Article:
Several pre-clinical studies and isolated case reports have demonstrated impressive efficacy for MEK inhibitors in patients with non-V600 BRAF mutations, as well as BRAF fusions [12–16]. These studies, however, were largely conducted in melanoma patients (a histology where MEK inhibitors are approved therapy, and have activity in BRAF V600 mutant melanoma), and with class 2 mutations (specifically for L597 and K601 mutations) or fusions. Thus, a larger study to test the concept more generally was planned.
With that backdrop, we studied trametinib, a second-generation allosteric inhibitor of MEK1/2 in patients with solid tumors and lymphomas harboring mutations in BRAF outside the V600 codon, as well as BRAF fusions . This subprotocol was a subset of the National Cancer Institute Molecular Analysis for Therapy Choice (NCI-MATCH) study, a large platform trial with multiple parallel phase II studies that were designed to evaluate genomically-targeted therapies matched to specific genomic alterations. Per study design, 32 patients with non-V600 BRAF alterations (13 class 2 mutations, 19 class 3 mutations, and 1 fusion) were enrolled, and received trametinib 2 mg daily until disease progression (dose reduction permitted for severe toxicity). Patients were heavily pre-treated (69% with 3 or more lines of therapy), and most often had cancers of the lung (n = 9), colon/rectum (n = 7), and prostate (n = 4). Unfortunately, activity was disappointing. Of these, one patient with breast cancer and a BRAF G469E mutation (class 2) had a partial response (response rate 3%), one patient with lung adenocarcinoma and a BRAF G469A mutation remains on therapy at 20.4 months, and an additional 3 patients had progression-free survival (PFS) of > 6 months. Median PFS and overall survival were 1.8 and 5.7 months, respectively.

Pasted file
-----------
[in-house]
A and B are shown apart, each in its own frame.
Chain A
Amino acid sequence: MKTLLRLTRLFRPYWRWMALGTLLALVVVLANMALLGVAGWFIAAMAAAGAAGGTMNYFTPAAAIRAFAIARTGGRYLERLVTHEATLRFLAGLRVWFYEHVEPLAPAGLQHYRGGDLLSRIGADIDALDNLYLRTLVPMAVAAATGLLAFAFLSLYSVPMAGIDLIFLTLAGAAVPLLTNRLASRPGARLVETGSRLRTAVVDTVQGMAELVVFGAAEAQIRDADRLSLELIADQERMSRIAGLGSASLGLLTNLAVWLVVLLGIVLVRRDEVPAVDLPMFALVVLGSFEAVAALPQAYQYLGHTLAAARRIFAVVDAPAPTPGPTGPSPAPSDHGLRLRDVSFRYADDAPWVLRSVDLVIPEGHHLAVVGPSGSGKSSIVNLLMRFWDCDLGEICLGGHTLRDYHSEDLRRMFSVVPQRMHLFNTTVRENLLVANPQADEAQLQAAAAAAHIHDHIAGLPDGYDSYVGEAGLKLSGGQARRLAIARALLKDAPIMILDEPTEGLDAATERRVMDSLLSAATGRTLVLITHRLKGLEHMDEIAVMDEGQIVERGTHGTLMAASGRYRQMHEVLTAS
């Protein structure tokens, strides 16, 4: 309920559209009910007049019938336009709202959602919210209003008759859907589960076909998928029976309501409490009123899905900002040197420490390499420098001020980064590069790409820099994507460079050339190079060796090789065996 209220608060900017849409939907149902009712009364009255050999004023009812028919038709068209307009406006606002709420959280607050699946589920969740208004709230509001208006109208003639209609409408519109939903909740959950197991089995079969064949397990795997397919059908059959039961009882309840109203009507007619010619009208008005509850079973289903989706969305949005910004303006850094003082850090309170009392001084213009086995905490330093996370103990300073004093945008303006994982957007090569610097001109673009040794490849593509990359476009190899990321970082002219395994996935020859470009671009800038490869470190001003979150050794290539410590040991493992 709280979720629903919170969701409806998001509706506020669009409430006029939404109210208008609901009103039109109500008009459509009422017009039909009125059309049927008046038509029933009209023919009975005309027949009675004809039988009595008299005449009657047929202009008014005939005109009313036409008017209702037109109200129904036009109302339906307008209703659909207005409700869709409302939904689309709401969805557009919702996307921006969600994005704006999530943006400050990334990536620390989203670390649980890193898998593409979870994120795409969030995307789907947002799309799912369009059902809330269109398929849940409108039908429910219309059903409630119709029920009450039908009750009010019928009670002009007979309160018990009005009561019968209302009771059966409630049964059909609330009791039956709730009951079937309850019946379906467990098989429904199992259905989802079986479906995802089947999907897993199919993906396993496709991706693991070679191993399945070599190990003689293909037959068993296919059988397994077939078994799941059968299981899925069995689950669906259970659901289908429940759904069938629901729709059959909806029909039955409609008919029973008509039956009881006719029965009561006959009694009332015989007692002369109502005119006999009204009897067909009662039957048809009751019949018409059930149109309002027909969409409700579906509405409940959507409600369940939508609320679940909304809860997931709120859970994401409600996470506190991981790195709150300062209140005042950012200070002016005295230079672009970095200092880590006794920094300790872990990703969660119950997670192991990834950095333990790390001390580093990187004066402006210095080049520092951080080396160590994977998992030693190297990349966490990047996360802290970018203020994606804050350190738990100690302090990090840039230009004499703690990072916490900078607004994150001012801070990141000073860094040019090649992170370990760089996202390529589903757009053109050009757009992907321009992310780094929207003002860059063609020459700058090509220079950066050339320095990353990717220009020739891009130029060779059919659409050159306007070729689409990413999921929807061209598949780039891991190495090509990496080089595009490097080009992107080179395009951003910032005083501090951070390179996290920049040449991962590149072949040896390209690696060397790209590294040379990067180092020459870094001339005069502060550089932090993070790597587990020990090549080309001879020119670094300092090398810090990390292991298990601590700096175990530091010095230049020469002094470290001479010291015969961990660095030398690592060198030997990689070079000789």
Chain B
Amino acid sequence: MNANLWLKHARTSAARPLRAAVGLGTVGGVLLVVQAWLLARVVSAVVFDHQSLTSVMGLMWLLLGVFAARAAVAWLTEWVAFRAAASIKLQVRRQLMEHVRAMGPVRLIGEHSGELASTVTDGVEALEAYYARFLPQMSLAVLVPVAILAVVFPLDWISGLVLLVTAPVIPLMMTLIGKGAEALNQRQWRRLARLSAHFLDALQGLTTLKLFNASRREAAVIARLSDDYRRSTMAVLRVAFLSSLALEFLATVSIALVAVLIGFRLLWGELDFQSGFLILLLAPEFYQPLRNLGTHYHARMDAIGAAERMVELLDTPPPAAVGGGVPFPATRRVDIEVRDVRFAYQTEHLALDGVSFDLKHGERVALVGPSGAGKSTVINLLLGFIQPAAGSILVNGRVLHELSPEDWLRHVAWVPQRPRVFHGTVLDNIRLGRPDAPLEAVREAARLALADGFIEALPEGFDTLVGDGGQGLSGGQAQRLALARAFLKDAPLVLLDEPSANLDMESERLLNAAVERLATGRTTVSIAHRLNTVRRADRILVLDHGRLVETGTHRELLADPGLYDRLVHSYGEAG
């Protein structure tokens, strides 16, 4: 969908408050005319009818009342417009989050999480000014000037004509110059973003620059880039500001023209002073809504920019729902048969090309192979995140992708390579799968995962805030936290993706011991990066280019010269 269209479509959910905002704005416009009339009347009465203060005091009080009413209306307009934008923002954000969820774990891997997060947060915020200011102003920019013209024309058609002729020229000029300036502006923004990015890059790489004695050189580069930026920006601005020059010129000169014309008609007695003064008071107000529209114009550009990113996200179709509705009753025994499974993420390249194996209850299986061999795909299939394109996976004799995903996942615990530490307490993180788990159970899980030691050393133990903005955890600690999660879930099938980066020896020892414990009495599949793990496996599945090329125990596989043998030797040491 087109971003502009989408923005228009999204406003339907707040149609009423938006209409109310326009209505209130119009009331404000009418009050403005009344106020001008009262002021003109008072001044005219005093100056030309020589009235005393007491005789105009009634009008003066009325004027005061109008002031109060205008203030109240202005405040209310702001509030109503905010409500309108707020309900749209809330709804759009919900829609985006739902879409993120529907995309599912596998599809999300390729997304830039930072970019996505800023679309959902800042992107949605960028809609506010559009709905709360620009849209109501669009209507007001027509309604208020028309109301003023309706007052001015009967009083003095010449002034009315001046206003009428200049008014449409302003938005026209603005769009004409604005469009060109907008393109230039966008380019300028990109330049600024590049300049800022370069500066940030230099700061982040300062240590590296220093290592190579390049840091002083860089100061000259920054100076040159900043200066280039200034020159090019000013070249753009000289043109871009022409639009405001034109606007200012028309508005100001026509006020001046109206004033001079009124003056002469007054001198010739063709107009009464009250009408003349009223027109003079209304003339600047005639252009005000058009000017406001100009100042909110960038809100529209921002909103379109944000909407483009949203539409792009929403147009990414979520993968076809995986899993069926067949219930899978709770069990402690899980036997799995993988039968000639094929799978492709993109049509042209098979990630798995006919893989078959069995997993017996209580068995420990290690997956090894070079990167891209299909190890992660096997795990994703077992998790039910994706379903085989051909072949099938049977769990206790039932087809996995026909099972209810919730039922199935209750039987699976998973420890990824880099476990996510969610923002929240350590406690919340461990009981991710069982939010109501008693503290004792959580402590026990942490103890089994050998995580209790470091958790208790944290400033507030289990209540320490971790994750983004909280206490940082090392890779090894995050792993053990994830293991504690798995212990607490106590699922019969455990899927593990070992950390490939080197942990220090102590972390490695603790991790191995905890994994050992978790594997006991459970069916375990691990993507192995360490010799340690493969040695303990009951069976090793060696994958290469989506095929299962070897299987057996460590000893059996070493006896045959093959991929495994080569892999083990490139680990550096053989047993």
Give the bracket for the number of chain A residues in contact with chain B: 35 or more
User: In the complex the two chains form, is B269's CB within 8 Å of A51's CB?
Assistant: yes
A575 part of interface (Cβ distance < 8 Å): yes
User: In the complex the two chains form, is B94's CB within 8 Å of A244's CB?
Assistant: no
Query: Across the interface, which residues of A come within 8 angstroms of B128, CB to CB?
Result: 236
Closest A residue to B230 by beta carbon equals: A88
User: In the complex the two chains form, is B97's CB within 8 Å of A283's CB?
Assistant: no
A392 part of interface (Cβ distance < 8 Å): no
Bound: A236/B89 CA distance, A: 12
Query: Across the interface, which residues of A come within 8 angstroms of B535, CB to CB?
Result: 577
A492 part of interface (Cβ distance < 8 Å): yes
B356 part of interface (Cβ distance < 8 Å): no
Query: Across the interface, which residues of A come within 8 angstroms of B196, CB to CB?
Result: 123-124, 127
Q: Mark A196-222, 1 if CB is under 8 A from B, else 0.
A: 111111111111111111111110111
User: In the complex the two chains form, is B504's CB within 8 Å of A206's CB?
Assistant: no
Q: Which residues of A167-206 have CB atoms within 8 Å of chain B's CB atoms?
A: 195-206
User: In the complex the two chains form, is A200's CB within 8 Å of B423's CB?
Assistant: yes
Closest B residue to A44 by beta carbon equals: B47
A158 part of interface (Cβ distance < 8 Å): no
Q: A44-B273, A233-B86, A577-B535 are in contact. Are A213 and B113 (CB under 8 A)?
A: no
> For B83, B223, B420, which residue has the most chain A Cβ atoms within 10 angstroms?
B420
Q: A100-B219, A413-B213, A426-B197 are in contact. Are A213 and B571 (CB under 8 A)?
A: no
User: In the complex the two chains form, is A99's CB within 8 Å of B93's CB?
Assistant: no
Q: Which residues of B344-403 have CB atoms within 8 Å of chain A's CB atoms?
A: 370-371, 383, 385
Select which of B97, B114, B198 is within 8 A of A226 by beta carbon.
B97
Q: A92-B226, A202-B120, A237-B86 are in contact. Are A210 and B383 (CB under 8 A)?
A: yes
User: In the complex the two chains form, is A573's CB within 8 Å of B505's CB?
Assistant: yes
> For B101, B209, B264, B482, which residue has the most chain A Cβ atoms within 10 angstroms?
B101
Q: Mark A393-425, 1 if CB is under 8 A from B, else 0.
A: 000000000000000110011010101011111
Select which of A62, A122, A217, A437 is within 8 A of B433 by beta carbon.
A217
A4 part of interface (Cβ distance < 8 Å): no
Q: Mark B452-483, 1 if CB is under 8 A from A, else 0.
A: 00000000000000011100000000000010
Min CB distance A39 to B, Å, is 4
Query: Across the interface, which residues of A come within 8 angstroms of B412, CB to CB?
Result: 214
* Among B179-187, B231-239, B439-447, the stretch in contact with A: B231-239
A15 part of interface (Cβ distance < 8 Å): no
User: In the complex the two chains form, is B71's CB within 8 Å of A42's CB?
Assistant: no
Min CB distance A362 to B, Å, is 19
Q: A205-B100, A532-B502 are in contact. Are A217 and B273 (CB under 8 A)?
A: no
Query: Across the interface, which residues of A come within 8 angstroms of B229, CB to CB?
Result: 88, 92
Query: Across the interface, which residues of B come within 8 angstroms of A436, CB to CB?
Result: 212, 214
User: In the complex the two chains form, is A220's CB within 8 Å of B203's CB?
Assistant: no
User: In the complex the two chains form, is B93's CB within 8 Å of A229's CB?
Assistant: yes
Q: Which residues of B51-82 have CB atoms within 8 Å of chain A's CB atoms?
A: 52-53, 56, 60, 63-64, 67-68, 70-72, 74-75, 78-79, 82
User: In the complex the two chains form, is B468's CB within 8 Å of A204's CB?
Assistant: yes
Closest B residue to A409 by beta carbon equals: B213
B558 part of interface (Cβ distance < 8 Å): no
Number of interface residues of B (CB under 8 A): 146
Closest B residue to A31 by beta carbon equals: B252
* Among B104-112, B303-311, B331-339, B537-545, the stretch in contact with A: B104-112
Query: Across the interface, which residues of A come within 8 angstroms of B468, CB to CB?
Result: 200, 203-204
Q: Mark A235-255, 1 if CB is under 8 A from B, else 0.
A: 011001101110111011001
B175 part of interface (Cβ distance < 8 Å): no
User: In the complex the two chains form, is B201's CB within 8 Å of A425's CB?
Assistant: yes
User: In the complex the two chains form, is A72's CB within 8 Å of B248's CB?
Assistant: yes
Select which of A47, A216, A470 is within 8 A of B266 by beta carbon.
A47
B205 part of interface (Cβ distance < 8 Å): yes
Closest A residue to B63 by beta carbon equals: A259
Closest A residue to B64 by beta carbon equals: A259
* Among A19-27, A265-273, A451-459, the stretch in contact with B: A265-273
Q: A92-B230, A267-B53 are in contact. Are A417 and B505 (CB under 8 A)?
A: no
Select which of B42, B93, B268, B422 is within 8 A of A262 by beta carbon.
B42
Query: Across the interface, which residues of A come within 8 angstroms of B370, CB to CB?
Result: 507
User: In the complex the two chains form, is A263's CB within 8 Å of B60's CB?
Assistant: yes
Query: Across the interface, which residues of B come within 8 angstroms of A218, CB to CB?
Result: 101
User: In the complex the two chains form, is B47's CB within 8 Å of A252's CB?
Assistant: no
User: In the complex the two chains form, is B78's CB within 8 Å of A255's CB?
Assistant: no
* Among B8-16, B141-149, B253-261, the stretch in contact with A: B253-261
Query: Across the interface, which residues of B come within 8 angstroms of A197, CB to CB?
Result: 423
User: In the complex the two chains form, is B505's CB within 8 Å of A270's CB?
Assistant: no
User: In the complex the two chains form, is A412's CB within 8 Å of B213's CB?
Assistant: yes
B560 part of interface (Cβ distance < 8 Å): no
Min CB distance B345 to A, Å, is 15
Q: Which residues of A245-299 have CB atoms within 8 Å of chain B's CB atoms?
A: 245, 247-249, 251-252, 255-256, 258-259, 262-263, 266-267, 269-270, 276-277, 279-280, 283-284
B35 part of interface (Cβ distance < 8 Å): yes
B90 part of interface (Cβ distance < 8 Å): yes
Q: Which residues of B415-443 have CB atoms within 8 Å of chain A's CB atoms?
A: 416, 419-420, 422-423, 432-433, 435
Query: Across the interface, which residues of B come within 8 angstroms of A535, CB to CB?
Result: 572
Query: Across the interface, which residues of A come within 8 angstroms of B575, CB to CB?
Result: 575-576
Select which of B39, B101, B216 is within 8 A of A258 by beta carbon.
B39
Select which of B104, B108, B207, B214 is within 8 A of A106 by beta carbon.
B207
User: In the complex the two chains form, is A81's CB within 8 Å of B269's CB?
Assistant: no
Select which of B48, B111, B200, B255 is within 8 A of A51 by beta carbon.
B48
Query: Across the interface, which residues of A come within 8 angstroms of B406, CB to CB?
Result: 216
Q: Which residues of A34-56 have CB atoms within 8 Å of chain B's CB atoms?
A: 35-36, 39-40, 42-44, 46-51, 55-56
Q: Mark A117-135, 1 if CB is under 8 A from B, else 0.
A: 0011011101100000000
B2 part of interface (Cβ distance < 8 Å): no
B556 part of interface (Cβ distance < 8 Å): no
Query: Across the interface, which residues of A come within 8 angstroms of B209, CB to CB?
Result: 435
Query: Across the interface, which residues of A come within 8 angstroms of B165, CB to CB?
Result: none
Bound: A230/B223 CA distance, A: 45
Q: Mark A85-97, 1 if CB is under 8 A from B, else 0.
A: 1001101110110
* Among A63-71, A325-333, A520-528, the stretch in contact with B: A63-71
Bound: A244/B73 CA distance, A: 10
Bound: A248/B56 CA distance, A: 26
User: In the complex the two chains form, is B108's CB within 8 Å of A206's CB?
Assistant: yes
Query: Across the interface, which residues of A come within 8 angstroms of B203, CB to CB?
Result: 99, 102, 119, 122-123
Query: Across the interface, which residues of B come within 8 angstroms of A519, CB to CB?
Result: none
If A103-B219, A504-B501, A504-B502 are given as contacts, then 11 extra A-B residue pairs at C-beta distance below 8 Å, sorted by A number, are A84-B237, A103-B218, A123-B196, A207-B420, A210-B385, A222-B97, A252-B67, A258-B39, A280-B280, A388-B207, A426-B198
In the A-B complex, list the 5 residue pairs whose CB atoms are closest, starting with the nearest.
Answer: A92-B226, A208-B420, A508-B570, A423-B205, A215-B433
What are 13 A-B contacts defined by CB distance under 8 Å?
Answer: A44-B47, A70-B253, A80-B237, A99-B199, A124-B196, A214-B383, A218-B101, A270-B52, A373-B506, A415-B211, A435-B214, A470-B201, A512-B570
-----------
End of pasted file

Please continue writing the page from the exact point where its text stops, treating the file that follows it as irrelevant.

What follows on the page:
Why the lack of activity? We did attempt to identify explanations within the trial data, although no subgroups had exceptionally good outcomes. Trends toward worse outcomes were noted in patients with colorectal cancer, high BRAF mutant allele frequency, and class 3 mutations, whereas concurrent mutations (including RAS mutations) did not impact outcomes. We speculate that histology does still matter, as many patients in the study had tumors that have historically been resistant to MAPK pathway inhibition (e.g., colon cancer) [18, 19], and only 1 patient had melanoma. It is possible that tumors with class 3 mutations harbored many alternative genetic and epigenetic causes of alternative cellular pathway activation, such that simply blocking MEK1/2 was not sufficient for growth attenuation . Exceedingly low incidence of recurrent BRAF fusions limited enrollment of such patients (1 patient), though at least some prior case reports suggest potential for good response with MEK inhibition [13, 20, 21].